Tradition & innovation

An exhibition designed by Nendo at the Canadian Museum of Innovation explores the relationship between Japanese culture and design.

Japan: Tradition. Innovation, an exhibition at the Canadian Museum of Innovation in Quebac was designed by Nendo to explores the relationship between Japanese culture and design.

Five different themes, namely transportation, robotic technology, social status, consumer culture and play, were highlighted in the exhibition.

Instead of constructing temporary interior walls Nendo decided to use “roofs” in a variety of heights and sizes to demarcate the differently themed areas in the exhibition space of 650 square metres.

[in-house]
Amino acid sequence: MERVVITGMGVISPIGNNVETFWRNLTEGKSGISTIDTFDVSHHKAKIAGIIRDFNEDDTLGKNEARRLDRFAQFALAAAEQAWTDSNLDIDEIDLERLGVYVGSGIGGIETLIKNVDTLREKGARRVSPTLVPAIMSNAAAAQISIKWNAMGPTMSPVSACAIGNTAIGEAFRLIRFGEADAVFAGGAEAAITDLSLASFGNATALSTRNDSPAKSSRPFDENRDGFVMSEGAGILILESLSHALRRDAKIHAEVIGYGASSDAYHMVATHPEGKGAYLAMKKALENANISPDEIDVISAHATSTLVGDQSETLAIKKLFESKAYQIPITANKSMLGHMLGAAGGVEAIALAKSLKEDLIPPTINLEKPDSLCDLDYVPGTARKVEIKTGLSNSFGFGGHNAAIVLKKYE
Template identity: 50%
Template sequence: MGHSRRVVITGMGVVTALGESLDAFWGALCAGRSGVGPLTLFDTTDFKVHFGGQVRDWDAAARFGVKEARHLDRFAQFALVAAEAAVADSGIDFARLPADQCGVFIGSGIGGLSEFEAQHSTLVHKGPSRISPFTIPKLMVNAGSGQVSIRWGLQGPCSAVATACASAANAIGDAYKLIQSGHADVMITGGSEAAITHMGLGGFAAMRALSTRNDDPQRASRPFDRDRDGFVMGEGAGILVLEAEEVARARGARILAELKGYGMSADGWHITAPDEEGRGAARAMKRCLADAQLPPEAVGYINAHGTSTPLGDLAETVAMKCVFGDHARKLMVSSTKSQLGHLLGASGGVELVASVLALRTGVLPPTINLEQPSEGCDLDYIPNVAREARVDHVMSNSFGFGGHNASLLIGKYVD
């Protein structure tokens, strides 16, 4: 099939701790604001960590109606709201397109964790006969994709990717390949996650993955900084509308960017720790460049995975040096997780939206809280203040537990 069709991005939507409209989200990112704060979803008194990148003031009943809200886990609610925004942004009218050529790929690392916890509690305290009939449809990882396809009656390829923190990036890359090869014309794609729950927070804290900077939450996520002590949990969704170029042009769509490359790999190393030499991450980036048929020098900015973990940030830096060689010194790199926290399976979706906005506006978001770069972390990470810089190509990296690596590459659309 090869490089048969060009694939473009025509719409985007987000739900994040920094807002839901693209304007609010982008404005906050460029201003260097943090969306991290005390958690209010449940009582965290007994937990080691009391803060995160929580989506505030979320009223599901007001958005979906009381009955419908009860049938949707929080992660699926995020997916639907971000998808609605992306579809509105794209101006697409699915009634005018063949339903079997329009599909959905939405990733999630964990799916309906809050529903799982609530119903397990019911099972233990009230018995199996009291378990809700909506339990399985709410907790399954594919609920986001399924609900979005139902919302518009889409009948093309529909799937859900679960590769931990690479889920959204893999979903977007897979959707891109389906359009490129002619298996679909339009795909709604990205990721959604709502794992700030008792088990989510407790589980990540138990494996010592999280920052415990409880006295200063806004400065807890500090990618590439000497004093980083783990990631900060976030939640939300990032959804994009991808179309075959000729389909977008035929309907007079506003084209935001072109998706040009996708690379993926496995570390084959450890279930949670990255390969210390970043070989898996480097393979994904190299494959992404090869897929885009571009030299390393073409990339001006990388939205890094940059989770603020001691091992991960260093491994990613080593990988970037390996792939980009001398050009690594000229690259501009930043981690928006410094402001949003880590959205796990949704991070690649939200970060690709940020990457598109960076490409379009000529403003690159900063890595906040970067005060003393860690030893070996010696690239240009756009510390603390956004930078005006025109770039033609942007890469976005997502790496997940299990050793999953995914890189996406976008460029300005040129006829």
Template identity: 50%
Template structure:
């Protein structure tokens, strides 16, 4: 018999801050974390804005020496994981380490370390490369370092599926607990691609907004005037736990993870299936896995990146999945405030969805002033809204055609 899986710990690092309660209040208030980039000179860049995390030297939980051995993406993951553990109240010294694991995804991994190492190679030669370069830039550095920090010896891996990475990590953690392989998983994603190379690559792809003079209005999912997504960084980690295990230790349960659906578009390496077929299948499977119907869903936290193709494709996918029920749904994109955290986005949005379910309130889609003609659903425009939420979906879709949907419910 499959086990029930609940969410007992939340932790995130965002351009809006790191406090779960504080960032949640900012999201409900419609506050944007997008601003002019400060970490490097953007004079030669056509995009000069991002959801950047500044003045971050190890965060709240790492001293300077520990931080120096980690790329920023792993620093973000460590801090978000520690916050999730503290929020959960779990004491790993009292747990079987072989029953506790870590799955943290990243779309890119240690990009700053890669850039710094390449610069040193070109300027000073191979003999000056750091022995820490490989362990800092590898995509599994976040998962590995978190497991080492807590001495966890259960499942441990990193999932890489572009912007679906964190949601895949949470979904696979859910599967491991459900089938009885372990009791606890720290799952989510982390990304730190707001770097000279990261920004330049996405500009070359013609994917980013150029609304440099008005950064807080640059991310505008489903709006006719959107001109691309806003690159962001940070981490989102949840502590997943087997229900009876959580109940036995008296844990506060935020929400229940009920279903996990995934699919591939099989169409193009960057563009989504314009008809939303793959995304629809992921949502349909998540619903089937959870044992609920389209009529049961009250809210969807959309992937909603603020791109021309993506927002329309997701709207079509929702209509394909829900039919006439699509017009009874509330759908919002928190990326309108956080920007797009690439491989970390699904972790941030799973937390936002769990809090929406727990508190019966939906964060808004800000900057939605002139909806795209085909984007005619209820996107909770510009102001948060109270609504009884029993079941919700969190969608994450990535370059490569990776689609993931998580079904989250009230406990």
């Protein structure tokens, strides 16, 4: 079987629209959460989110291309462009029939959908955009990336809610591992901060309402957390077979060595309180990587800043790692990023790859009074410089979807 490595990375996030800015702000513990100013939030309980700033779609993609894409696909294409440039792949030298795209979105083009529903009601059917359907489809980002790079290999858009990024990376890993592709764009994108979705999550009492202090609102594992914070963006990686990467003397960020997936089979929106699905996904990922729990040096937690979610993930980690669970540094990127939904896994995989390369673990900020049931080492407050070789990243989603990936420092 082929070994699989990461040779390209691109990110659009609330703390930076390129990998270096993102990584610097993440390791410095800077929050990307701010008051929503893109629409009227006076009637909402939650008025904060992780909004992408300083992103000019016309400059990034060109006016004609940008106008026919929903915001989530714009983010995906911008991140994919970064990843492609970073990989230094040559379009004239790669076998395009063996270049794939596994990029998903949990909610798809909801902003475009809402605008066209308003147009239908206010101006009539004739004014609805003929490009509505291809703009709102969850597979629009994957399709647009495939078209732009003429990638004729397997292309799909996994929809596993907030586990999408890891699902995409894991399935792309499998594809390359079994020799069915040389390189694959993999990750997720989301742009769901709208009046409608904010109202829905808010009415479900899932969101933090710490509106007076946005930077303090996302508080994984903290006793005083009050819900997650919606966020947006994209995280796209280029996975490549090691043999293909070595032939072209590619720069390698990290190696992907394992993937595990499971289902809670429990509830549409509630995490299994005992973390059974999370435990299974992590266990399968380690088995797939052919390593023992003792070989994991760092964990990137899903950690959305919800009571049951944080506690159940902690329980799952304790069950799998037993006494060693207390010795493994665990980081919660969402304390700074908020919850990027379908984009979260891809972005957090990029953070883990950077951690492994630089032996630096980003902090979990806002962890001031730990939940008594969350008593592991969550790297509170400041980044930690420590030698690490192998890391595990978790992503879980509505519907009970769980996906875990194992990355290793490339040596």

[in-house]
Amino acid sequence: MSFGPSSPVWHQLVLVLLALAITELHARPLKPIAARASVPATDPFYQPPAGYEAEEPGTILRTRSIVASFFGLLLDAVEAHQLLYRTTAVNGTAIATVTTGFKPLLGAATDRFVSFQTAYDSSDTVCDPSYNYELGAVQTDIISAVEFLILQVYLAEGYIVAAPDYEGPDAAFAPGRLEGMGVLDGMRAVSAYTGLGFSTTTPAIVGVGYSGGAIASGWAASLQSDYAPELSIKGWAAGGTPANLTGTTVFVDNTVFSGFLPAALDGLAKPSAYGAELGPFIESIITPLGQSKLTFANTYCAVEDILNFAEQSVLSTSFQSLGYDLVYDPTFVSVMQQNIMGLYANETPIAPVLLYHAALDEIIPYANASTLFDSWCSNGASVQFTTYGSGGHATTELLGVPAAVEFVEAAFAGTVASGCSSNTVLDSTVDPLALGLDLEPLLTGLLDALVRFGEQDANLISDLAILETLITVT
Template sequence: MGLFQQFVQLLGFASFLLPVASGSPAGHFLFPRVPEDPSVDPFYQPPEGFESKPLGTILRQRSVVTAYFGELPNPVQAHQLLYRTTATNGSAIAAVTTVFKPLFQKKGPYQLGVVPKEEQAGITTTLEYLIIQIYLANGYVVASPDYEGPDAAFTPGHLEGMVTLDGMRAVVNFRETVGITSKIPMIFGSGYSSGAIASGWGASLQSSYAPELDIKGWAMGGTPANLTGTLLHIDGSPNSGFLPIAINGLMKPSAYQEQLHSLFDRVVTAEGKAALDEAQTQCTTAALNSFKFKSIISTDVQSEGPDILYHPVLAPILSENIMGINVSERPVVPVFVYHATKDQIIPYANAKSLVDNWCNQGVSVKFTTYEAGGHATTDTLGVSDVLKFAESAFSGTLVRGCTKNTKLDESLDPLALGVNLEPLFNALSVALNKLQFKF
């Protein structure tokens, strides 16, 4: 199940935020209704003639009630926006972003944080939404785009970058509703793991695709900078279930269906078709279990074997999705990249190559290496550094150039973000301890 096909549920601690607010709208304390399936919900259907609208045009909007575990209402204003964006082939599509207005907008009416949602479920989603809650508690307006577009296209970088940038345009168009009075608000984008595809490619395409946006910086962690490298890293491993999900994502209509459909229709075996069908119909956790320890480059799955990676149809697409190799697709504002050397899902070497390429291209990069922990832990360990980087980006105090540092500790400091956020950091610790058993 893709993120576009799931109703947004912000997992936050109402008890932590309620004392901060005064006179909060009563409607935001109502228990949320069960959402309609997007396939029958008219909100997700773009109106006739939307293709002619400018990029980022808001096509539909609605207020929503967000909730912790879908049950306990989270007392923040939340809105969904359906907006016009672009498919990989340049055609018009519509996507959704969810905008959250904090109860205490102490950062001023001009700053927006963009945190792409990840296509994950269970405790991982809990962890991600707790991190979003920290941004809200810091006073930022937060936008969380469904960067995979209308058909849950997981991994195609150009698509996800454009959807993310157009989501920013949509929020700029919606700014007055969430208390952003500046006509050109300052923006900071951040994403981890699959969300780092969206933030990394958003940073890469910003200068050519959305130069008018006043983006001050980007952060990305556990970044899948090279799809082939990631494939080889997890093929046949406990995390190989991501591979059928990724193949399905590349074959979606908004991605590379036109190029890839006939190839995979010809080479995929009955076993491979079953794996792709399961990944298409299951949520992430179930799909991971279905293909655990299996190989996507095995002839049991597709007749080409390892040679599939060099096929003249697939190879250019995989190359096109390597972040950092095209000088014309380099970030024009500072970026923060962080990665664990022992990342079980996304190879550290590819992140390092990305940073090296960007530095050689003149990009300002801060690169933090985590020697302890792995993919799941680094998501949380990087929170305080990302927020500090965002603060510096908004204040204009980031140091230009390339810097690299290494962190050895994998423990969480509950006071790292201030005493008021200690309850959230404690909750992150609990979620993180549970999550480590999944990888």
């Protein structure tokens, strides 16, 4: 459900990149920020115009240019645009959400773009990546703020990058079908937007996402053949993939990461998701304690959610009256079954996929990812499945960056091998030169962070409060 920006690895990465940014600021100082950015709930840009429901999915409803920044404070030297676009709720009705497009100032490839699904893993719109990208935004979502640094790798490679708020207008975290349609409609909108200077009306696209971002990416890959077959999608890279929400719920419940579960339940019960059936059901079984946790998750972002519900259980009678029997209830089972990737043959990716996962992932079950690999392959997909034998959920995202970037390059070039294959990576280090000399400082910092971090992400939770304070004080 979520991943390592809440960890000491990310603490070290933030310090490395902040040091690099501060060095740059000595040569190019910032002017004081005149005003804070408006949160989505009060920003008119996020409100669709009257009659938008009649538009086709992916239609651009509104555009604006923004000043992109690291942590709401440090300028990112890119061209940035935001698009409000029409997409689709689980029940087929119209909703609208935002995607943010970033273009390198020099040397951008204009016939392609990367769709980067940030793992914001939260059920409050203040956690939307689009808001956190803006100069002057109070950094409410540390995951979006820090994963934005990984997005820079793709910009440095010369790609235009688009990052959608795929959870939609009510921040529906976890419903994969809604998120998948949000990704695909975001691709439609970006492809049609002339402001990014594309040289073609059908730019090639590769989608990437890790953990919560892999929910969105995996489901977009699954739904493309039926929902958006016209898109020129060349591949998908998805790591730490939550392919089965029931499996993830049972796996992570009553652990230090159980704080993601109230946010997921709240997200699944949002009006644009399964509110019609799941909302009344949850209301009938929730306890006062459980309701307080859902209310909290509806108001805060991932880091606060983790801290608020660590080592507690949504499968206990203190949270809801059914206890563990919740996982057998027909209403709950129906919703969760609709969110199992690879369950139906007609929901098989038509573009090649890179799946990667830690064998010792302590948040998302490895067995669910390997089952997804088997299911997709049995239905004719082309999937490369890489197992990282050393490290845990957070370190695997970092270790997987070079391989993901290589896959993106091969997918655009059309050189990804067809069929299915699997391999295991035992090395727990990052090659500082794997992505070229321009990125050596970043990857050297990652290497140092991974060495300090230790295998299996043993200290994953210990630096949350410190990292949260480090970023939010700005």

Visitors could easily navigate between the different zones by following a  subway-like map graphic on the  floor.

Nendo explained that visitors could “look out into ‘outside spaces’ from underneath the roofs and, conversely, peer back into the ‘inside spaces’, producing a hybrid, effervescently-changing space in which the relationship between inside and outside can never be known for sure”.

At first the exhibition space appears to a jumbled array of exhibits but upon closer inspection one realises that the space is, in fact, carefully divided using invisible space-defining practices. “Ma” and “shikiri” have existed in Japanese culture since ancient times and results in the massive exhibition space losing it homogeneity. Rather, says Nendo, “it provides visitors with the chaotic spatial experience of Japanese urban space”.